Meeting Jorge Mas Canosa was like walking into a hurricane. He was a force of nature driven by gusts of ambition and love that swirled around a calm eye of Latin charm.
That storm entered my congressional office in the spring of 1986. The Cuban American National Foundation had achieved prominence with its calculated embrace of Ronald Reagan. Mastec, the Florida corporation he founded, was feeding off the national thirst for technology. But, mostly, the deadly strife in Central America had Fidel Castro back in the news.
We were an unlikely pair. A liberal suburban congressman, the product of the post-war American middle class, listened attentively to this Cuban émigré, who this year will have been dead for two decades. Revolution forced him from his homeland, and he was on a mission to destroy Castro’s regime. It would become one of the most important relationships of my life.
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Castro occupied a special place for my generation. He was the animated figure on television. He factored into our parents’ decision to pile canned food, water, and radios in our basements. Before Vietnam, there was Castro interrupting the rhythm of American life with tirades and revolution.
Canosa understood the moment. The network that he built in Congress was formidable and strengthened by Cuba’s meddling in Africa and Central America. The latent hostility of my generation was fuel in search of a match.
Castro’s revolution had produced little more than a Soviet client state now threatened by perestroika. The Cold War was ending, and the last soldier on the field was Fidel Castro. The moment was right to make a move.
Late in 1991, on a boat off Coral Gables, we met to draft sanctions that would draw a line. The Cuban Democracy Act would plug the holes of the Kennedy embargo and present a choice between democratic reforms and economic strangulation. Ships that called upon Cuban ports could not visit the United States. European affiliates of American companies were banned from investment. Remunerations were limited. We would isolate post-Soviet Cuba from hard currency but flood it with ideas. The United States would offer new telephone cables, news bureaus, and travel by students and journalists. The price of escaping the sanctions was certification of progress toward a free press, multiparty elections, and the freeing of political prisoners. It was Castro’s choice.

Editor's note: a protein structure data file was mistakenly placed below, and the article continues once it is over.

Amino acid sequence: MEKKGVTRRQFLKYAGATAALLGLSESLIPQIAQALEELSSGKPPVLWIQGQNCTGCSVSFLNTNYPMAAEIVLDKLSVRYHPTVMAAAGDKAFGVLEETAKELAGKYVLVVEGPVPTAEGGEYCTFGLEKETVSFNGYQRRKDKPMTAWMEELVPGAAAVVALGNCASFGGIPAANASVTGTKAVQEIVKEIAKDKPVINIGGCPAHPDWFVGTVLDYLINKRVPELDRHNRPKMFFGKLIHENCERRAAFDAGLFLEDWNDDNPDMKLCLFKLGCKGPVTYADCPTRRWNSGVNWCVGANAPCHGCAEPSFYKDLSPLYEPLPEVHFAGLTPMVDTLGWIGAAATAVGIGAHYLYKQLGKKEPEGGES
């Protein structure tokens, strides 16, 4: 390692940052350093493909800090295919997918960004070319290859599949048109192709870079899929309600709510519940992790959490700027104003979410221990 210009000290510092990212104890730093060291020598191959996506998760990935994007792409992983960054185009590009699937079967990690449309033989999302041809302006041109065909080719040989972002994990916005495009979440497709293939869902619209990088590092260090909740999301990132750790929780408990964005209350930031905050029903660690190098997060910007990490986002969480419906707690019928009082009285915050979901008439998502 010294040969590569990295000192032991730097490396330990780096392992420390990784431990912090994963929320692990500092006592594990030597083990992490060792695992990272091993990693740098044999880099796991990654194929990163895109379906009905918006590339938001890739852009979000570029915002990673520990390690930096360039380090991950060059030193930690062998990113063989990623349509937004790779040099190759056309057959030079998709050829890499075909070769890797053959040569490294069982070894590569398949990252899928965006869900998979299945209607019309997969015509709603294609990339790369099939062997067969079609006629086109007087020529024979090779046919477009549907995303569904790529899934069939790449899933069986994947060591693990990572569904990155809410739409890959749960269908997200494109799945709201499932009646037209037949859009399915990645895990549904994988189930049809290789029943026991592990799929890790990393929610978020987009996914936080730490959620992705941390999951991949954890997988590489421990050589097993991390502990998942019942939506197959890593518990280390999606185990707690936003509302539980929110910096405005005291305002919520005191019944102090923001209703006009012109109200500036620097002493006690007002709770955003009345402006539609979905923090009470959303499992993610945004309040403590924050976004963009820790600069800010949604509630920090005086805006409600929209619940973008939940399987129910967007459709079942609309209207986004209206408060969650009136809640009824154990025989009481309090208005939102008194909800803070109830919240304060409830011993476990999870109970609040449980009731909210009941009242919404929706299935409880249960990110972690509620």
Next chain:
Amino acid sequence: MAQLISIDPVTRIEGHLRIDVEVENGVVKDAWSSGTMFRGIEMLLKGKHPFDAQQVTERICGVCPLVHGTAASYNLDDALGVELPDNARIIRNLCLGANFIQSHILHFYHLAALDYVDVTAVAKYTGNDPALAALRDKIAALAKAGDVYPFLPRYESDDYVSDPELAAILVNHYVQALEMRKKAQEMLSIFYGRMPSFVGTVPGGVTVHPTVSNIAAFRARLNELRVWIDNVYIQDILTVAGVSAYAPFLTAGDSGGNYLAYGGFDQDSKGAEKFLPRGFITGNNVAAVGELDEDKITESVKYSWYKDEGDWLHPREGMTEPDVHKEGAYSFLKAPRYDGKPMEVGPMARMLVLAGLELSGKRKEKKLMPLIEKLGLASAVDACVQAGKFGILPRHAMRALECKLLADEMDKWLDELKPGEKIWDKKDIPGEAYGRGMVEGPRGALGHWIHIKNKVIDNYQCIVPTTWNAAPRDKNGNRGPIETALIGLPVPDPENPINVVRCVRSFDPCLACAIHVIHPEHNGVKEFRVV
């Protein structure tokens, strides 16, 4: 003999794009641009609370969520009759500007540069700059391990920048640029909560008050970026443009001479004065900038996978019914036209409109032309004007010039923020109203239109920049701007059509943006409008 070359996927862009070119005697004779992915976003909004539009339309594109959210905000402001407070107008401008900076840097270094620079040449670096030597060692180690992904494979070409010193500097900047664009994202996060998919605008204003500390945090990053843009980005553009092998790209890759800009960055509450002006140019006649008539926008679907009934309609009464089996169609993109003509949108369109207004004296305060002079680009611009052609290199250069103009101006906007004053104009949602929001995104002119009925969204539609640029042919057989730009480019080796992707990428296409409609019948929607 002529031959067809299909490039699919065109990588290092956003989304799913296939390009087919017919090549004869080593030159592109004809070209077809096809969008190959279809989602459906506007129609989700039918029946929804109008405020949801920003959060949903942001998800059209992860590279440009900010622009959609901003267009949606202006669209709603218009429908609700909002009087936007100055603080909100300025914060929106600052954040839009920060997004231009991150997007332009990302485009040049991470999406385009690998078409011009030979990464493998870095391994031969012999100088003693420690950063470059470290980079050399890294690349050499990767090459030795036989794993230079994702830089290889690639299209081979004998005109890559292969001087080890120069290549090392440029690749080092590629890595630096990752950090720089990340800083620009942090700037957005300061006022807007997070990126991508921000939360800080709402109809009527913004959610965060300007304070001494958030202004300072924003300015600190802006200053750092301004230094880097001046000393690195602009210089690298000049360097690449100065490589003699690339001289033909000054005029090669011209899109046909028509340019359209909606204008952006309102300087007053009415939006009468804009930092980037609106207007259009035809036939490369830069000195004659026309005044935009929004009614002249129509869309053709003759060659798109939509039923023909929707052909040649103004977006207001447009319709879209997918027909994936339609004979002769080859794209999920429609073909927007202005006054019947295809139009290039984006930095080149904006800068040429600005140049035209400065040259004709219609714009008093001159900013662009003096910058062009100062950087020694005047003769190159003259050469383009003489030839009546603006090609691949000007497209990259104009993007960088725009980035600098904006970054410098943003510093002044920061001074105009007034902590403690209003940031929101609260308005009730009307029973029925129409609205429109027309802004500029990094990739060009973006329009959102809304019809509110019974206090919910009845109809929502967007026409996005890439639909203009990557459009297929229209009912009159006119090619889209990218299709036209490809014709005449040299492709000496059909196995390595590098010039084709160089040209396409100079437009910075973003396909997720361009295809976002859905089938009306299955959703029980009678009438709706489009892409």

Opposition from the George H.W. Bush administration was immediate. Castro, it was argued, just needed more time. He’d reform, and the end of the Cold War would bring change. Our best ally was Castro.
But as economic conditions worsened, so did repression.
Canosa’s ambitions might would have faltered if not for a rising star in the Democratic Party. Bill Clinton was a Democrat who wanted to build a new coalition. He recognized the conflicting realities of Bush’s opposition to new sanctions and Florida as the new pivot point of American presidential politics.
When Clinton’s aide, George Stephanopoulos, called to announce that the likely Democratic nominee would be endorsing my bill, success was assured. Congressional passage followed, and the Bush administration was quickly on board.
No moment in my congressional career is the source of more questions. Were the sanctions that Canosa produced the right thing? Didn’t they fail to change the Cuban regime? That’s all true but Cuba never armed another revolution. Economic isolation ended military adventurism.
The most important memory for me, however, wasn’t the policy at all. The Bush White House didn’t invite me to the signing of my own bill. Canosa was handed the signing pen by a beaming Bush. Before the event concluded, he left the White House and drove to my office where he handed me the pen as we embraced. The Cuban émigré who fled Communist revolution had taken a stand and moved his new nation.
Robert Torricelli served as a U.S. senator from New Jersey from 1997 to 2003.